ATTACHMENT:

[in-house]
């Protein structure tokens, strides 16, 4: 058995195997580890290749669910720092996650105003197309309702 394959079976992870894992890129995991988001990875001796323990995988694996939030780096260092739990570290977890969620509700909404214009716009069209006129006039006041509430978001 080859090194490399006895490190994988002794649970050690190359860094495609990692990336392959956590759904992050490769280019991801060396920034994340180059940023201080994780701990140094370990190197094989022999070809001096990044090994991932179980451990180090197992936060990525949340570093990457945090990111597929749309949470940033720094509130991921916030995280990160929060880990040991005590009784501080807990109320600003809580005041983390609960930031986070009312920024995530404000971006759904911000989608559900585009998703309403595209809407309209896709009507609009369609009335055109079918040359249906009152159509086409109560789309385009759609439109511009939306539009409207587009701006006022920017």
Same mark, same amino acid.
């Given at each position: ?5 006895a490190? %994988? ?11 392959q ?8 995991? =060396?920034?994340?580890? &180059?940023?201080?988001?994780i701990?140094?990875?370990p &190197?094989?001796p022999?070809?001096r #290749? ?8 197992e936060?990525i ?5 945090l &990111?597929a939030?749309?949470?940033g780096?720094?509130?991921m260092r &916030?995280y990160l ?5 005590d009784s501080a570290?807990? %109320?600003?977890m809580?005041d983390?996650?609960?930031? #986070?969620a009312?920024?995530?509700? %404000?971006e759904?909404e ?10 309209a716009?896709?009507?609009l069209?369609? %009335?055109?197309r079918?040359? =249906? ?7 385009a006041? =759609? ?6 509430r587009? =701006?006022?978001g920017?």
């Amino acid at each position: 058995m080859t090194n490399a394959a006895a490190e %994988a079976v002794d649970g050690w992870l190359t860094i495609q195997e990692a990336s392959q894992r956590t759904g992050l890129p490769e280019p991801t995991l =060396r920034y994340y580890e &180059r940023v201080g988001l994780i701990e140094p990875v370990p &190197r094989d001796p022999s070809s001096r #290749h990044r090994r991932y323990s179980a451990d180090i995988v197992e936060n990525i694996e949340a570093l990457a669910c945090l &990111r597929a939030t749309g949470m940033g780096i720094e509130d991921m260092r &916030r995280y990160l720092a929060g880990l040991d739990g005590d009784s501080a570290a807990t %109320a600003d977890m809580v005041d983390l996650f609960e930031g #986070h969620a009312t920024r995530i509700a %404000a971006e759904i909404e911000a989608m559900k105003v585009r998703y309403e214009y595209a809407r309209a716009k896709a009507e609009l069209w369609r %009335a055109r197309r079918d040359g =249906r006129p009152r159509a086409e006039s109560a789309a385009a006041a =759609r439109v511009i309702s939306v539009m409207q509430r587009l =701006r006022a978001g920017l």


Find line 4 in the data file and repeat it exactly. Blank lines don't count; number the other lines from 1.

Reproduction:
């Given at each position: ?5 006895a490190? %994988? ?11 392959q ?8 995991? =060396?920034?994340?580890? &180059?940023?201080?988001?994780i701990?140094?990875?370990p &190197?094989?001796p022999?070809?001096r #290749? ?8 197992e936060?990525i ?5 945090l &990111?597929a939030?749309?949470?940033g780096?720094?509130?991921m260092r &916030?995280y990160l ?5 005590d009784s501080a570290?807990? %109320?600003?977890m809580?005041d983390?996650?609960?930031? #986070?969620a009312?920024?995530?509700? %404000?971006e759904?909404e ?10 309209a716009?896709?009507?609009l069209?369609? %009335?055109?197309r079918?040359? =249906? ?7 385009a006041? =759609? ?6 509430r587009? =701006?006022?978001g920017?």